Club to introduce 'double loading' to speed up starts

PUBLISHED : Wednesday, 07 January, 2009, 12:00am
UPDATED : Wednesday, 07 January, 2009, 12:00am

The Jockey Club starting team will adopt a fresh approach to shorten the loading time before races, with the team splitting up and loading more horses simultaneously.

This was one of the key recommendations yesterday at the end of a 48-hour debrief on Sunday's disastrous day at the Sha Tin starting stalls, which saw five horses scratched and more than HK$60 million in bets refunded to punters.

The five late scratchings took the season's tally to 12 after 30 meetings - equal to last year's tally for the 78 meetings and only four behind the 16 late scratchings the club encountered in the 2006-07 term.

Executive director of racing Bill Nader said last night that recommendations from his discussions with the starting team, head vet Brian Stewart and chief stipendiary steward Jamie Stier would be implemented immediately. They will include making the starting staff more available for barrier practices, hoping that prevention might prove better than cure.

'We will try to reduce the loading times before each race as much as we can,' Nader said. 'We hope to do that by double loading, in other words loading horses simultaneously, provided of course there is proper spacing [between the horses being loaded] and it's safe to do so.

'The object is to load them into the stalls and achieve a fair start as soon as possible, without having the horses standing too long in the barrier.'

Sunday's late scratching of even-money favourite Tuscan Spirit was particularly painful for the club. The John Size-trained galloper carried HK$50 million in bets, across all pools, and the refund alone cost the club a significant year-on-year turnover increase.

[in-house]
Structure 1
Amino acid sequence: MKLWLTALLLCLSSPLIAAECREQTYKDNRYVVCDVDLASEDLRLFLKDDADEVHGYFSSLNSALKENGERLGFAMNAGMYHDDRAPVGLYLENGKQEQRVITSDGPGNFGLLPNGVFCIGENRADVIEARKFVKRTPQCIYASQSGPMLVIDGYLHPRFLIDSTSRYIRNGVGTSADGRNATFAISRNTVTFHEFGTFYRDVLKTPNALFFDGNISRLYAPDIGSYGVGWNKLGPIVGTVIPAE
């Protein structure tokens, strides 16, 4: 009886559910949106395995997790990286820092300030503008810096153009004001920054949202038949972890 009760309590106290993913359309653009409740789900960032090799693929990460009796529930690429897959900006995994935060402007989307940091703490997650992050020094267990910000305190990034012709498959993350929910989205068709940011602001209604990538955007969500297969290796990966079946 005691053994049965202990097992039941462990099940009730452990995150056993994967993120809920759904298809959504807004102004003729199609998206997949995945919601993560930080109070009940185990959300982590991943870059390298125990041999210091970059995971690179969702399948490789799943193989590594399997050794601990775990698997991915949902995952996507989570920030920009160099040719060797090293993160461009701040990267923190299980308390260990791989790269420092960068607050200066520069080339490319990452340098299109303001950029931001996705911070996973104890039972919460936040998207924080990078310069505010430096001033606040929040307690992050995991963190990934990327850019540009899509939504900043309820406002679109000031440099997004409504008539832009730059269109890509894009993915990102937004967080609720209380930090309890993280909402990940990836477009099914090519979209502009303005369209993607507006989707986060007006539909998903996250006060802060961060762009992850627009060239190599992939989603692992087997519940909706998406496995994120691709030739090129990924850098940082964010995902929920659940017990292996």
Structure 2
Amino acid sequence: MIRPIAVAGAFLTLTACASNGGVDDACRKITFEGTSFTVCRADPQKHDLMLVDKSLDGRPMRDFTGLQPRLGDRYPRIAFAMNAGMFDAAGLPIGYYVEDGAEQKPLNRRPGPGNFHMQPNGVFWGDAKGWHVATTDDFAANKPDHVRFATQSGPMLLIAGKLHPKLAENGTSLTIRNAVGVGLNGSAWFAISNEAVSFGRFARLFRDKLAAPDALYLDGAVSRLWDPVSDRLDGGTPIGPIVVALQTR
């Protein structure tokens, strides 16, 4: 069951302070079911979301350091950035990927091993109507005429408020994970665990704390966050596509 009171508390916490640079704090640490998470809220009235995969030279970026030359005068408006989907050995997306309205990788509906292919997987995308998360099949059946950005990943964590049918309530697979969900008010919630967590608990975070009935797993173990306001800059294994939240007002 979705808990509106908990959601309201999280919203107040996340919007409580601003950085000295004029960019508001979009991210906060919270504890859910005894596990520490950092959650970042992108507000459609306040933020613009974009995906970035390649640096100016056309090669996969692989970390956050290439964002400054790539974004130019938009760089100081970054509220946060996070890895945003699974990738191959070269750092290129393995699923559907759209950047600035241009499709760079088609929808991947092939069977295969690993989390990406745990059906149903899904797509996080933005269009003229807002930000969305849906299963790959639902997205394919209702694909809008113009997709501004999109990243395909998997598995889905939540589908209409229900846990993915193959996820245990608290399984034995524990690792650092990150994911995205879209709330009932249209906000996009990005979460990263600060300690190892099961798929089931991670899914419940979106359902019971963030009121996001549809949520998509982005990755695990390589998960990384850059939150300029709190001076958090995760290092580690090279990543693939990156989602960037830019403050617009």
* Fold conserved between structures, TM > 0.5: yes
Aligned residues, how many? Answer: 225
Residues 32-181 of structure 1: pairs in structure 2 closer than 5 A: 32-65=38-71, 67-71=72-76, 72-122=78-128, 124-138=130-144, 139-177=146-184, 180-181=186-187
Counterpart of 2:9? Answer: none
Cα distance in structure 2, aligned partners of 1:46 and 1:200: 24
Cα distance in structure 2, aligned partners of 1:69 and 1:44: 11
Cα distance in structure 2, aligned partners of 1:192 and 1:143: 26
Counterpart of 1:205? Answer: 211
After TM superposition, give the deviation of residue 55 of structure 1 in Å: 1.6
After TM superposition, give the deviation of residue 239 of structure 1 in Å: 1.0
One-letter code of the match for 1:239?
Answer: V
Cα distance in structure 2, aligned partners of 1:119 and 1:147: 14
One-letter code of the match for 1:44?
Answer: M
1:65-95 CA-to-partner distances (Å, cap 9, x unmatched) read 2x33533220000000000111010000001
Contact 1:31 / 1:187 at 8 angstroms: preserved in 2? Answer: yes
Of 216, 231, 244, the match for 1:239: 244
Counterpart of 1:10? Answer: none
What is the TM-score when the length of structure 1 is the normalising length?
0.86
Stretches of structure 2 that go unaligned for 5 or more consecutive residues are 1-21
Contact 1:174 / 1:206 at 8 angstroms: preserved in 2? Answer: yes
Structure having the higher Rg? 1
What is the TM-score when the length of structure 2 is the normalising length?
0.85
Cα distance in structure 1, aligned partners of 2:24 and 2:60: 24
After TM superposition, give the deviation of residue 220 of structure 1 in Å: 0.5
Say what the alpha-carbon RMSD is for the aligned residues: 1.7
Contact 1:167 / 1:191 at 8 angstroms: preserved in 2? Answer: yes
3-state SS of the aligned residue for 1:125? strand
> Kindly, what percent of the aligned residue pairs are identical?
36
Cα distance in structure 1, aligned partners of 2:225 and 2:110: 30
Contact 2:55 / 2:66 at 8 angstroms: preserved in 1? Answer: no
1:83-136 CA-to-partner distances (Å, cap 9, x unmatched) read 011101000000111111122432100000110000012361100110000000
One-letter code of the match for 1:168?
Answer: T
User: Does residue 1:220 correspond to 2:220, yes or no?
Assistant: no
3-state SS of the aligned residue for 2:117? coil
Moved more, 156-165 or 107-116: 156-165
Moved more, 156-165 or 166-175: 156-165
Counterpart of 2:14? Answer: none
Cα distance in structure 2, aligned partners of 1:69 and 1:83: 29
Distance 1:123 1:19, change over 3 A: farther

At the time, Nader hinted the team under starter Philip Waldron and assistant starter Tony McGovern might have to factor 'commercial reality' into their reckoning and Nader confirmed this at the conclusion of the review. 'My recommendation today is that when they have to make a judgment call, where two horses are ranked relatively equal in order of loading priority, that they should take the commercial aspect into account,' Nader said.

In other words, in Sunday's example, Tuscan Spirit might have been loaded last, or second to last, and the hugely expensive barrier mishap would most likely have been avoided.

One interesting figure to come out of the Nader investigation was that 11 of the 12 barrier scratchings this season have occurred at Sha Tin, and only one at Happy Valley, a bias that is not readily explained.

Quick off the mark

The Jockey Club has introduced plans to speed up horses being loaded into stalls

The number of horses that were scratched from last Sunday's meeting: 5


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